Despite general optimism in the market that a recent back-up in rates would be pulling prepayments back, some experts say that speeds are still pretty resilient.
A Bear Stearns report said last week that it remains cautious on the mortgage basis. Bear said that although market conditions have been favorable for mortgages of late, a recent rally "has once again taken the mortgage rate to within striking distance of our next prepayment threshold of 7%."
Bear stated that the market is overlooking the fact that the dollar volume of mortgages that are currently exposed to a refinancing incentive is actually more than it was at the start of this year. This is considering that about $87 billion has been issued in the 30-year, 7% coupon since the beginning of 2001.
The prepayment sensitivity of these pools has caused some market players to be cautious.
"From an investor perspective while mortgages appear attractive at the current yield levels, the performance of mortgages is still going to be tied to the direction of interest rates," said Steven Point, vice president and fixed income portfolio manager at Glenmede Trust Company.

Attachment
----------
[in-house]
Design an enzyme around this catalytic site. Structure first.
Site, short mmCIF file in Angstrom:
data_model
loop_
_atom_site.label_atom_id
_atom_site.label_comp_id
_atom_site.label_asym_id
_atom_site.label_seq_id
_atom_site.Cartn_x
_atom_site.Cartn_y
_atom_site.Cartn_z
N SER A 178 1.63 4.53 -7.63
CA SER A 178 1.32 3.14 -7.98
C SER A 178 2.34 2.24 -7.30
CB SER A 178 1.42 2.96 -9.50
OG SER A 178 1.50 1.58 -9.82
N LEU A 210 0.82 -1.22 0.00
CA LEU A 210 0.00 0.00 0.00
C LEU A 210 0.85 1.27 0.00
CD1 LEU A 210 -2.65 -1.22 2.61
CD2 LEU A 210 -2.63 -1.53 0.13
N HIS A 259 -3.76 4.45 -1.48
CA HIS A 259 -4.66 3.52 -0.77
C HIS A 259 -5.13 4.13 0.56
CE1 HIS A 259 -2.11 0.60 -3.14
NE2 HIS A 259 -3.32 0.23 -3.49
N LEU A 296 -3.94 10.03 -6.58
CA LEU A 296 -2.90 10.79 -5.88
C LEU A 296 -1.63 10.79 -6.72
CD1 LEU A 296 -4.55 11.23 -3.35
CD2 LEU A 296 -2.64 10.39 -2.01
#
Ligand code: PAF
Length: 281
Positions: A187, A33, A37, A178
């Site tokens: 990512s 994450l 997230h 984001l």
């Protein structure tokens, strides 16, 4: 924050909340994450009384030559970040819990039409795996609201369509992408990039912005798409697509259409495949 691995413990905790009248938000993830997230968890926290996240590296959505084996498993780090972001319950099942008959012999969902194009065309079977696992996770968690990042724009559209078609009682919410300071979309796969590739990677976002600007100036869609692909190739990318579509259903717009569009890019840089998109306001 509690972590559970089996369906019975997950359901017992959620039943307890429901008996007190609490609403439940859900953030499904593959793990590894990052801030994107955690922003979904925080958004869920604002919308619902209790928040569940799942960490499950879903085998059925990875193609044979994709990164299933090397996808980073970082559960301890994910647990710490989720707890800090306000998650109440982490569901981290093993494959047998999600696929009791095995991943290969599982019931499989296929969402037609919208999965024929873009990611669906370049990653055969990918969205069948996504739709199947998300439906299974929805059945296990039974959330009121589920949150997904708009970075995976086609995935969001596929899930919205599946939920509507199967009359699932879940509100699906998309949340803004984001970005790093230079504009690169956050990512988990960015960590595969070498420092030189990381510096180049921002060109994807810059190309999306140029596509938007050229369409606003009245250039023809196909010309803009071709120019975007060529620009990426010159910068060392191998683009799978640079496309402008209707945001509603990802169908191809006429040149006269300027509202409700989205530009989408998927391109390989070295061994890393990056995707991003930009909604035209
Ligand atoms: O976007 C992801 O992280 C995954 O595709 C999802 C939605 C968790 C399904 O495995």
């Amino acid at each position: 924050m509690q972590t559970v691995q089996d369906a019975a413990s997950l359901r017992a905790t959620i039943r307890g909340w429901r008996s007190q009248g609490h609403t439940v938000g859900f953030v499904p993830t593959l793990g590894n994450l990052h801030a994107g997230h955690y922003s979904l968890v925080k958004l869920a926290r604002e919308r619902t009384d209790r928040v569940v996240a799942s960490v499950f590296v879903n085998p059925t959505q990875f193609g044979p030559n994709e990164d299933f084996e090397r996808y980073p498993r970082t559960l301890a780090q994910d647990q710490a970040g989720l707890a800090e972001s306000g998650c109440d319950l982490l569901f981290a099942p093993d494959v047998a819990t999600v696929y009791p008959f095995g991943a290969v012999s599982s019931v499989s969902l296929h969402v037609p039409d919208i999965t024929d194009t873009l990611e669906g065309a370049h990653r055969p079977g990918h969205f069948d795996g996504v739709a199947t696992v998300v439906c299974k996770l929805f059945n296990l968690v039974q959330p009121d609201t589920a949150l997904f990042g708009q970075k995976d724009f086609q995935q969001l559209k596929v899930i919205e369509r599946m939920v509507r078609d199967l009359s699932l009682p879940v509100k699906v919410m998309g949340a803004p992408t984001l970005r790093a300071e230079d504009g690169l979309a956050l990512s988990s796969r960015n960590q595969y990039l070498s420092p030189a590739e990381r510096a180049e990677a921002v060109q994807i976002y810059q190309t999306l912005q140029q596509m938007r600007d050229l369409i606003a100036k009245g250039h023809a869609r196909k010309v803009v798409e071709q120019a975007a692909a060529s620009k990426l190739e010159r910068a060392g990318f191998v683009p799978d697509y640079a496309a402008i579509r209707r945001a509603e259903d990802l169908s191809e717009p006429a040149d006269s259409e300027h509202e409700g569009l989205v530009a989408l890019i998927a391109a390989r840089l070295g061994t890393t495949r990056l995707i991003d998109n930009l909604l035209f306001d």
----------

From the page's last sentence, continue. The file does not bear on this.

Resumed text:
If the bond market rallies at this point, mortgages are going to come under performance pressure because refinancings would likely remain and probably accelerate. On the other hand, if yields remain high, mortgages will perform well.
Because of this uncertainty, Point said that it is probably good to be cautious about any heavy overweights in the mortgage sector at this juncture.
"There is reason to be cautious particularly with recent production in a refinancable or a near refinancable coupon," said Point.
He explained that when one looks at inventory lists and looks at prepayment speeds on specific pools-not just at the aggregate group or the average-one finds significantly fast prepayment speeds and remarkable responsiveness to rate incentives. Thus individual pools can swing from having a fairly tame prepayment pattern to a fast prepayment pattern in a short period of time.
And if rates go down to low levels, there will almost be no place to hide. In order to be safe, investors would have to buy into extremely low coupon passthroughs to feel some isolation from refinancings.
For instance, the market has seen fast speeds in pools with a 6.5 coupon. In these pools, the range of underlying loans may be fairly wide and could include some loans that are much higher than a 7% note rate, the differential goes to servicing and agency fees.
Other factors may affect the speeds in these pools such people taking advantage of improved home-equity appreciation or reducing loan-to-value ratios. However some pools may also be less responsive and are generally slower.